Mackey, who self-describes himself as "that punk-ish kid you hear on [1500 ESPN]," is a Twins reporter and columnist. He actually began his sports journalism career as a blogger, but now thinks the sports blogosphere is a little big for its own britches.
The Mackey vs. blogger beef concerns whether sportswriters who aren't regularly in communication with players, coaches, and front offices can write authoritatively. Bloggers argue that statistical analysis is more important for good sports journalism than the clichés athletes and coaches routinely offer up after games, but Mackey believes that even in the day and age of Sabermetrics there is still something important about having access to sports newsmakers.
[jump] Here's the tweet that started the throw-down:
I appreciate the work of some sports bloggers. But at times I think some of their platforms are too large in 2012. No accountability.
He then asserted that having access to players, coaches, and front offices means traditional sports journalists have "a whole new level of accountability." On the other hand, self-publishing bloggers can't fire themselves, meaning, in Mackey's eyes, that there are few consequences when bloggers get something wrong:
To elaborate, the only difference between being a baseball fan in 1995 and in 2012 is that thousands of people can now read your opinion.-- Phil Mackey (@PMac21) March 28, 2012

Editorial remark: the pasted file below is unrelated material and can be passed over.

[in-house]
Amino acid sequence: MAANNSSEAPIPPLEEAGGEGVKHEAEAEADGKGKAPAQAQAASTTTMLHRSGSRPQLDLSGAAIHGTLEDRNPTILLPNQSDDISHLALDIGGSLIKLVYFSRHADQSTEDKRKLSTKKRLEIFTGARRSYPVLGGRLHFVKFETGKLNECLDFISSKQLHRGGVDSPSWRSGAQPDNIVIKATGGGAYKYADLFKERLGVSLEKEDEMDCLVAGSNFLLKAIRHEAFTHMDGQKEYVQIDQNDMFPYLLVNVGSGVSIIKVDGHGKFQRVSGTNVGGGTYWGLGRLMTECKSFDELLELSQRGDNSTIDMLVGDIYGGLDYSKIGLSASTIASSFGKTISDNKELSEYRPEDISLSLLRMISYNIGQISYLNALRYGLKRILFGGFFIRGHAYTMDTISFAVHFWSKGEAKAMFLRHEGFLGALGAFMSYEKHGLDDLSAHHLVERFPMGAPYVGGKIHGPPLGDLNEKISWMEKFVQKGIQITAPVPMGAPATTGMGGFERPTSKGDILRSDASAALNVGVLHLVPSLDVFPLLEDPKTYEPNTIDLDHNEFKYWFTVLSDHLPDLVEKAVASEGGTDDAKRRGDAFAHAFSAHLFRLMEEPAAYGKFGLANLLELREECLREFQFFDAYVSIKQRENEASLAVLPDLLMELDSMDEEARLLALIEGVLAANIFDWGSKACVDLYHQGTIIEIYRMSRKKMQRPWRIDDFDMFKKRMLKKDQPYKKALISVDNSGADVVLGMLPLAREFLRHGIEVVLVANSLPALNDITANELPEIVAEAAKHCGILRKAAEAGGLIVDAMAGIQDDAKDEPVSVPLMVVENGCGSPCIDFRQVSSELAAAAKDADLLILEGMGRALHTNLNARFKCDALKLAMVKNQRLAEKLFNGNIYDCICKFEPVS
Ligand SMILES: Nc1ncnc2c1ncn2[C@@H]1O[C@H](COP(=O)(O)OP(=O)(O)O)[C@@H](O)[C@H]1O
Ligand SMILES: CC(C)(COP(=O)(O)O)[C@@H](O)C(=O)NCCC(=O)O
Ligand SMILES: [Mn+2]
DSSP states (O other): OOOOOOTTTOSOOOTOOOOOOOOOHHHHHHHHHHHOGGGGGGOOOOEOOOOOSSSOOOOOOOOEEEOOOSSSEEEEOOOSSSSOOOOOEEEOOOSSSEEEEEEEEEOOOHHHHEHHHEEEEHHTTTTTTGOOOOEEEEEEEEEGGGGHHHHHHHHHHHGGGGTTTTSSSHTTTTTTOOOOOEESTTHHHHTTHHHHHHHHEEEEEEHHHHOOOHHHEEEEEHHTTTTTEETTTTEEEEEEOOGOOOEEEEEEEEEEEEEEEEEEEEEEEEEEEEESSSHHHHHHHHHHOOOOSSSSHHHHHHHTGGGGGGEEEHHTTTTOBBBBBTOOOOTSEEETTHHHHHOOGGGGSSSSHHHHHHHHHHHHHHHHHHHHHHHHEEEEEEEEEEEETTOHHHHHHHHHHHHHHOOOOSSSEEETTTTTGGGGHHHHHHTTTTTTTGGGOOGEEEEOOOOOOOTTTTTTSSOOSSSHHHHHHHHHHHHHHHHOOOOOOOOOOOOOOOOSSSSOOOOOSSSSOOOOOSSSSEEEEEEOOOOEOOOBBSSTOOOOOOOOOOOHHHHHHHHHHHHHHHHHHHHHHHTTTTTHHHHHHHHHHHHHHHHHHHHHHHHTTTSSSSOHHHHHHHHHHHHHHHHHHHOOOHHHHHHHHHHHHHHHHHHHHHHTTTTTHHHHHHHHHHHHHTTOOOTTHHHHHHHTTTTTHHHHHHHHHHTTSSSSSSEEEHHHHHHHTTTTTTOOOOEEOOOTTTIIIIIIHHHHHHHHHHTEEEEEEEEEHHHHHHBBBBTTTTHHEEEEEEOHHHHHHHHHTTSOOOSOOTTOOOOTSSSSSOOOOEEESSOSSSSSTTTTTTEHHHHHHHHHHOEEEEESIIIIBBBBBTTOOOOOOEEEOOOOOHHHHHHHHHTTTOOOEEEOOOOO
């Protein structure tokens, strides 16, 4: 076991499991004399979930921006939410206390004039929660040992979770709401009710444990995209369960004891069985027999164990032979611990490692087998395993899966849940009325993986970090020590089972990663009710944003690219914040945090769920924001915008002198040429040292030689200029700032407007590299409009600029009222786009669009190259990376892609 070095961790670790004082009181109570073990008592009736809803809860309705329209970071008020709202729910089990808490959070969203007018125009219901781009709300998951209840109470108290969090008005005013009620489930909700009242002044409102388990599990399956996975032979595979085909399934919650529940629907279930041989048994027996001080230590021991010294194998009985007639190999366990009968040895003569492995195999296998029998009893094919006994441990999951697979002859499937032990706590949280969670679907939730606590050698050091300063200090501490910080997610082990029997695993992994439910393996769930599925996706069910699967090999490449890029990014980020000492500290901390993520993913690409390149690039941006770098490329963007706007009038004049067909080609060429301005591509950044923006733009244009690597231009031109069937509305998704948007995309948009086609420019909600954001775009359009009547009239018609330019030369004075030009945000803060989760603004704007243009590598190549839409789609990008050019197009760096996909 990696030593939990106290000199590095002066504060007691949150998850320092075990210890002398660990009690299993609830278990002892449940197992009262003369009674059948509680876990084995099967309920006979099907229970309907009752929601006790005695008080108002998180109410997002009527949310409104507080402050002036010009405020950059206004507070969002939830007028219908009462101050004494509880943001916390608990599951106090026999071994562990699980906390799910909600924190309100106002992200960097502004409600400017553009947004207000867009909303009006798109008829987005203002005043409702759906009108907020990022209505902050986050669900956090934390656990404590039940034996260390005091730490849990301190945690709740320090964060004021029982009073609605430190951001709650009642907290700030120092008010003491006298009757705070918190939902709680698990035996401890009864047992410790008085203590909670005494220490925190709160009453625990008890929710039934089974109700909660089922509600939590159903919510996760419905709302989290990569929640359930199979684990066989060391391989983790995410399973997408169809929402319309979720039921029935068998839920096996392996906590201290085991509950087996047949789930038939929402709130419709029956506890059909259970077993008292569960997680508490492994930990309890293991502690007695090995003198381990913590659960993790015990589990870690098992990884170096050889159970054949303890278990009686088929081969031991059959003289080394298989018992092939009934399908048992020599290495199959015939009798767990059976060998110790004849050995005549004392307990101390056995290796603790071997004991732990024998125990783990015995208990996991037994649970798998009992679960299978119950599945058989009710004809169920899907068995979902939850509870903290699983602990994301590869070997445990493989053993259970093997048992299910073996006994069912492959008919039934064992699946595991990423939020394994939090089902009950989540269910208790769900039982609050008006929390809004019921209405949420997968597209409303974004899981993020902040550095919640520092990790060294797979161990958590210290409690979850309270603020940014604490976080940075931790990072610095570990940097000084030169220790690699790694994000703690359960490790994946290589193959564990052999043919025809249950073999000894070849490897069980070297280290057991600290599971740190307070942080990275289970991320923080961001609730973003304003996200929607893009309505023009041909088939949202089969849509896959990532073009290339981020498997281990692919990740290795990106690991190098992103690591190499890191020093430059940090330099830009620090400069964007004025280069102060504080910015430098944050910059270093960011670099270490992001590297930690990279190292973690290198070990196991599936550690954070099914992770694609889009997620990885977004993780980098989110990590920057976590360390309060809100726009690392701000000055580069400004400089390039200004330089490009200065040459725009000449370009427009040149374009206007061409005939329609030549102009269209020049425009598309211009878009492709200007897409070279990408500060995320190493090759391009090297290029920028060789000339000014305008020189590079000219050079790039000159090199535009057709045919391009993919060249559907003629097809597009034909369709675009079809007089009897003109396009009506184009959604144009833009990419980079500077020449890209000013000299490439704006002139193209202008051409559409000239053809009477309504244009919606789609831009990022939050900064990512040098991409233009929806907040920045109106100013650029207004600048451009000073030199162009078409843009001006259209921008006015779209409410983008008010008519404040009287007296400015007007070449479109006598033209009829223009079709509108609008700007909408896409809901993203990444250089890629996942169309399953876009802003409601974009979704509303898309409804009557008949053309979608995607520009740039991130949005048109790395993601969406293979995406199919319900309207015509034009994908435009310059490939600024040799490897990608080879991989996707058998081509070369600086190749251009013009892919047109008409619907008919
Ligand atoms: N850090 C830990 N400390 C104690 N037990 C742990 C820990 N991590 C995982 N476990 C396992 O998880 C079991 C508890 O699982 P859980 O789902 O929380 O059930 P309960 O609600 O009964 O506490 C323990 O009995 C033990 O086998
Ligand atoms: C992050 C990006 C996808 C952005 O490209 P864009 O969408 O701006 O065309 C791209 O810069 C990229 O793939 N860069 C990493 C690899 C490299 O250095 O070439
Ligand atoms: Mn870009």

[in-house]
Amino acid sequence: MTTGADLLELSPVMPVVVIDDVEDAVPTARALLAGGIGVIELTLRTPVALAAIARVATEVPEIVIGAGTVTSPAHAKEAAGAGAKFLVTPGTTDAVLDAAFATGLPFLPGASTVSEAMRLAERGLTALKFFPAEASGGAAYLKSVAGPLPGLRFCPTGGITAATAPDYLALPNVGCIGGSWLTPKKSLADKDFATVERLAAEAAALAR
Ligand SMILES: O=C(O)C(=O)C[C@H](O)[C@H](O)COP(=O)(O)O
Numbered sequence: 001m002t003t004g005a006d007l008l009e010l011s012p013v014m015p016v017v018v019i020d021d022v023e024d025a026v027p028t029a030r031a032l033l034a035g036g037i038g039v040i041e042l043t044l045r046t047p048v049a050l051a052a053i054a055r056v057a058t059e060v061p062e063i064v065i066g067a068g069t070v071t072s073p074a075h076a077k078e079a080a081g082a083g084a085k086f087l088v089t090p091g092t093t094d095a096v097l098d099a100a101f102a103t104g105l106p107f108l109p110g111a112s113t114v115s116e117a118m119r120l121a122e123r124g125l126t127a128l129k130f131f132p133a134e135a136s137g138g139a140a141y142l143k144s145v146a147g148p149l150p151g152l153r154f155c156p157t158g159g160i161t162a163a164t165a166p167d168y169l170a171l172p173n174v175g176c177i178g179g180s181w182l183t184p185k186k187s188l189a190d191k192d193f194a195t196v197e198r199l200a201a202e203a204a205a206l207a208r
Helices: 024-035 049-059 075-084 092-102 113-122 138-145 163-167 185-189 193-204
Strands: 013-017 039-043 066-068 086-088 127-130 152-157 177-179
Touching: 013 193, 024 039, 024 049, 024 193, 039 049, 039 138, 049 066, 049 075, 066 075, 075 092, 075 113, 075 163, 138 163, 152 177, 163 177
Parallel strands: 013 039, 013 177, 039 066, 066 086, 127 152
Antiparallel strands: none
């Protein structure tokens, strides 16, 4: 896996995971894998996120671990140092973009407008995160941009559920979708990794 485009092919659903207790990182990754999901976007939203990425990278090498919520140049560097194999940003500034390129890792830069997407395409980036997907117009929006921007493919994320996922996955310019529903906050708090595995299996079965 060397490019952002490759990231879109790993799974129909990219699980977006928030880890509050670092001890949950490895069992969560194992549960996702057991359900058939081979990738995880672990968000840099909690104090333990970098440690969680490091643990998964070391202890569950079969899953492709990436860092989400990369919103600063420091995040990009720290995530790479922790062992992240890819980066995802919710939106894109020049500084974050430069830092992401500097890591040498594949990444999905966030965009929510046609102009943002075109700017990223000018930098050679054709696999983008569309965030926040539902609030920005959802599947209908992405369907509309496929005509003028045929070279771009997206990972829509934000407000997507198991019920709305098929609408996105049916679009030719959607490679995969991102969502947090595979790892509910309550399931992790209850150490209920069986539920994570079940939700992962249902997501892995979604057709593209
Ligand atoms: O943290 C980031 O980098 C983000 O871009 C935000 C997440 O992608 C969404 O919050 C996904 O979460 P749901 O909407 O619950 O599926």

Understandably, local sports bloggers didn't take Mackey's rant lying down. John Bonnes, baseball blogger at Twins Daily, made the point that nobody would regularly read sports blogs if they didn't provide reliable information:
The access to stats is awesome now. I use them more than any local mainstream media member. But access paints such a more accurate picture.-- Phil Mackey (@PMac21) March 28, 2012
In response, Mackey simply said, "John, that's not true."
@PMac21 The bloggers enormous "platforms" that you disparage are built on the "accountability" you say they don't have.-- John Bonnes (@TwinsGeek) March 28, 2012
Criticism of his blogger-bashing continued to roll in, but Mackey stuck to his guns, at one point tweeting he "question[s] the intelligence of a lot of readers" and at another point making reference to "'dumb' bloggers" in a tweet Mackey says was meant to mimic a phrase used by an NBC sportswriter but that ended up raising the level of vitriol.
With acrimony mounting, Tim Allen, Timberwolves blogger at Canis Hoopus, urged Mackey to cut his losses:Gopher basketball team's victory over Washington in the semifinals of the NIT tournament last night, Mackey posed this question to his Twitter followers:
Mackey, for what it's worth, said in an e-mail this morning that "if I could go back in time, I would have presented my points with a less condescending tone." Embittered bloggers, meanwhile, are left to stew in their loneliness behind a computer, cut off from access to anything besides stats and pixels.
@PMac21 I wouldn't know. I don't have access.-- Steven Brooks (@svenj0lly) March 28, 2012
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